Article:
BigPicnic is a three year project (2016 - 2019) funded by the European Union's Horizon 2020 prgramme which brings together the public, scientists, policy-makers and industry to help tackle the global challenge of food security.
Botanic gardens, with help from other Partners, will co-create a range of exhibitions and participatory events with people from all walks of life, to generate dialogue and build greater understanding of food security. Our collaborative approach aims to give a voice to adults and young people, communicating their views to policy-makers, sharing ideas, encouraging debate on the future of our food and achieving Responsible Research and Innovation (RRI).
The BigPicnic team involves nineteen Partner organisations, including botanic gardens, universities, a science shop, an institute for art, science and technology, and an international NGO. Co-ordinated by BGCI, BigPicnic Partners span twelve countries across Europe and one in Uganda.
BigPicnic has seven objectives:
- Increase engagement with local and global food security issues through outreach exhibitions and science cafés among diverse audiences.
- Develop botanic gardens as centres that promote dialogue between public, researchers and policy makers
- Improve the understanding and realization of Responsible Research and Innovation through the provision of best practice case studies for an RRI toolkit
- Utilize the findings of other EU funded projects: INQUIRE, PLACES and VOICES.
- Build the capacity of botanic gardens across Europe to develop and deliver co-creation approaches with their local and regional audiences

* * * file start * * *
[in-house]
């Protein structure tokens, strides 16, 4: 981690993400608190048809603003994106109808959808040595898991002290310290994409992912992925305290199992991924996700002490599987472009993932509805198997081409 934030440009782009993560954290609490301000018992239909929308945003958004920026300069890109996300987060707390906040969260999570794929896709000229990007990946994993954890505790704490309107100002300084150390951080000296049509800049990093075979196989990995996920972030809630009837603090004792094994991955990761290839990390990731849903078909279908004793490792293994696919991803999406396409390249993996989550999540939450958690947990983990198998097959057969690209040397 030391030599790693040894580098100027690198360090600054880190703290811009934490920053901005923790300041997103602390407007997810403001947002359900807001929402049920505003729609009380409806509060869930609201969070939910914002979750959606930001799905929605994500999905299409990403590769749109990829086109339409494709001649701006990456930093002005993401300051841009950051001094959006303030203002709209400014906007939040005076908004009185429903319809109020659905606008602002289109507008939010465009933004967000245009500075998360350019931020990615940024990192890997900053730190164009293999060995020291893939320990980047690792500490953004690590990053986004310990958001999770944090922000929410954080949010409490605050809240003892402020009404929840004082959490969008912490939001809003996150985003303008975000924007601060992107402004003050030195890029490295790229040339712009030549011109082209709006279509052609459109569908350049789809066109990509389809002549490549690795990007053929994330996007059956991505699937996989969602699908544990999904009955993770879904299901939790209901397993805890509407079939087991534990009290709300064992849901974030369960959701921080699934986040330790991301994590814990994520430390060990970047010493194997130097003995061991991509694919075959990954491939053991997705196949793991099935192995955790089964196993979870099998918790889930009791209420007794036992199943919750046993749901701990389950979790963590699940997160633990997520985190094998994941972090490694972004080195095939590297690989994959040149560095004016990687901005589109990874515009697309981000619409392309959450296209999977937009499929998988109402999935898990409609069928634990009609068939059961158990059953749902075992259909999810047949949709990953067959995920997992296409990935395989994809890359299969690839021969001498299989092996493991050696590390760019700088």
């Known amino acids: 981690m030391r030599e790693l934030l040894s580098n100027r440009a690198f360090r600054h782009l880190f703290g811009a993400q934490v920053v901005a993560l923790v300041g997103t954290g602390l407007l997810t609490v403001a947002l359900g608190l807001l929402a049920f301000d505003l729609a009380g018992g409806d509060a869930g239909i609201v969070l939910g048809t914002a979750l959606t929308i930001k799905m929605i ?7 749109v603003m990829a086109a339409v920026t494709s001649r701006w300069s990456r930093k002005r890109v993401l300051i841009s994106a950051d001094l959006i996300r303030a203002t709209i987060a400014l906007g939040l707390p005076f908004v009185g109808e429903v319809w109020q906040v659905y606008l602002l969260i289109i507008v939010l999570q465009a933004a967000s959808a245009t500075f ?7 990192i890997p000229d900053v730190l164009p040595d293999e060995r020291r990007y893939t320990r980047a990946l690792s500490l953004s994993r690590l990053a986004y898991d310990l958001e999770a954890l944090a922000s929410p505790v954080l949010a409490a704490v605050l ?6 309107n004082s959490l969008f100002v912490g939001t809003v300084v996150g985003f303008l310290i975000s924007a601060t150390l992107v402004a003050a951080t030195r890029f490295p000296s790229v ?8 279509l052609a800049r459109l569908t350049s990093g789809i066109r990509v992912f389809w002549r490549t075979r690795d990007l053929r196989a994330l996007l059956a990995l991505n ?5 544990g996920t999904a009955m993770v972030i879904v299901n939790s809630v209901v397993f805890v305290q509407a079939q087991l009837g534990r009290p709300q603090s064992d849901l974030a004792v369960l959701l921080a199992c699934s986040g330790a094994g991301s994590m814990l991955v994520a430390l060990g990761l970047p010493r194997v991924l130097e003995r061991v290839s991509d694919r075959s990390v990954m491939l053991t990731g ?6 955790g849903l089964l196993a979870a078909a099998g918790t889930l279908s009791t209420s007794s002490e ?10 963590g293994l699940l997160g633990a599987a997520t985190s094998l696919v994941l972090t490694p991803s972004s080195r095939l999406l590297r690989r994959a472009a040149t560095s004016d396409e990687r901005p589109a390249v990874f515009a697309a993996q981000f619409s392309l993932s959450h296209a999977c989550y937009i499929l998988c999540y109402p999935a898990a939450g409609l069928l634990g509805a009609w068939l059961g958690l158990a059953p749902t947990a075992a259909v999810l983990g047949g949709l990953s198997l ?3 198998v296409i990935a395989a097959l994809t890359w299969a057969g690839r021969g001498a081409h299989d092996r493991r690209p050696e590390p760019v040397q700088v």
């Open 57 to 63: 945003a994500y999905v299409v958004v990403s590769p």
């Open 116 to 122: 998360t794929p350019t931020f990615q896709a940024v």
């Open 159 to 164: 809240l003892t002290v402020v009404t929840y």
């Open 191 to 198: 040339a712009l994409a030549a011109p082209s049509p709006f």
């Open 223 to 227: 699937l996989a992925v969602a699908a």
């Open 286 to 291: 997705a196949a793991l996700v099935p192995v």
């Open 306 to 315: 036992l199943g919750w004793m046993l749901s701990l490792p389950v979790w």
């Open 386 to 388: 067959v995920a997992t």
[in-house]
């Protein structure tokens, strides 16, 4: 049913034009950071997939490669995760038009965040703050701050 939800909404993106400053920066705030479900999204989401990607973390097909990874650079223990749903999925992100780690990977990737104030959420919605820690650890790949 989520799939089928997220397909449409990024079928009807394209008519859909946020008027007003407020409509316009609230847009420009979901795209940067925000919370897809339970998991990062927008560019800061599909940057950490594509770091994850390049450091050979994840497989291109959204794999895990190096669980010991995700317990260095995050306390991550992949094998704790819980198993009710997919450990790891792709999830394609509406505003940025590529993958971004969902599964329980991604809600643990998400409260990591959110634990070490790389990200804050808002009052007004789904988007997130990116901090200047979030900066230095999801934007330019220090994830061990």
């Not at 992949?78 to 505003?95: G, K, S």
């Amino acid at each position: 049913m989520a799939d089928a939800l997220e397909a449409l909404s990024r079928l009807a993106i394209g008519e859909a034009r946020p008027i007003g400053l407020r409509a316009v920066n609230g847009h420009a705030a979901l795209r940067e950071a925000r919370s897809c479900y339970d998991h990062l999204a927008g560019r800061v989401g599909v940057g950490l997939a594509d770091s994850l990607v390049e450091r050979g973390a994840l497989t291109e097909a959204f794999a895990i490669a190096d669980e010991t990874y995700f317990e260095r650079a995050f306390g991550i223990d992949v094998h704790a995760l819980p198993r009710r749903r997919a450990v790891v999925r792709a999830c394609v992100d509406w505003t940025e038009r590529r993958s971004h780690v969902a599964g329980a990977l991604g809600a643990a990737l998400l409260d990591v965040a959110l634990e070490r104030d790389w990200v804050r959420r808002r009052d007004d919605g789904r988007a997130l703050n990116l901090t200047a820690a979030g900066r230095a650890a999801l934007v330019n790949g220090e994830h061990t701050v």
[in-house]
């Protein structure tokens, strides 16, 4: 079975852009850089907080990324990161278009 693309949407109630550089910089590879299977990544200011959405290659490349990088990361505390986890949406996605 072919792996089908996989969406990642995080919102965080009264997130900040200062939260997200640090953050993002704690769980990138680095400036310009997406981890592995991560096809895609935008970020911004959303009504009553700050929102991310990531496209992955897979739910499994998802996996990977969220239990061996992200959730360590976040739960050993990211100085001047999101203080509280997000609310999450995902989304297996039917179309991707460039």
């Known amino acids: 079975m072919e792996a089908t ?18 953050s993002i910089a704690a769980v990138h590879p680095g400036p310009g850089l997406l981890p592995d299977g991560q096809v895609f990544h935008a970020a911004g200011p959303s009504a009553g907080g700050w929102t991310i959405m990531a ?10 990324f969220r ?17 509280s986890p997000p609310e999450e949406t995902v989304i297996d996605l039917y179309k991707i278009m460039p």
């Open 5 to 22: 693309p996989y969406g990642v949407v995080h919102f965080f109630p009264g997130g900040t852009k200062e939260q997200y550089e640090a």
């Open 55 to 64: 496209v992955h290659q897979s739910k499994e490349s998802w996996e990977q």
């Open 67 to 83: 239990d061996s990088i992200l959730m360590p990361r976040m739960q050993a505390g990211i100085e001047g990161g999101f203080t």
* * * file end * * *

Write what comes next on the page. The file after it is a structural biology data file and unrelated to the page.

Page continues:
- Co-develop tools for measuring the engagement of partners and co-creation teams with RRI and the benefits of the co-creation participatory approach adopted in the project
Using the BigPicnic project data, a series of policy briefs have been developed. Food production, sustainability and the climate, participation, education and organisational development were
all shown to be important in the context of the project and food security. The common thread that unites all of these individual areas is heritage and the role that food plays in our individual lives. To address food security, heritage and its overarching influence in all aspects of the debate must be acknowledged.
There are six BigPicnic policy briefs. Four aim to support policy makers to shape future food policies and funding frameworks and two seek to support informal learning sites to apply the learning that occurred throughout the project. To highlight where BigPicnic findings link to existing frameworks and illuminate gaps in current policy, each policy brief maps the BigPicnic recommendations to the most relevant United Nations Sustainibility Goals (SDGs) and the European Union’s Food 2030 Priorities.
For policy makers:
For informal learning sites:
Keep up to date and get involved
Check out the BigPicnic website
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Our BigNews is sent put 4 times per year. You can sign up to recieve each issue straing into your inbox by scrolling to the bottom of any page on the BigPicnic website and entering your email address.
|Biologists night (University of Warsaw)||School children planting vegetables (School Biology Centre Hannover)||Taxus baccata (University of Lisbon)|
This project has received funding from the European Union’s Horizon 2020 research and innovation programme under grant agreement No 710780.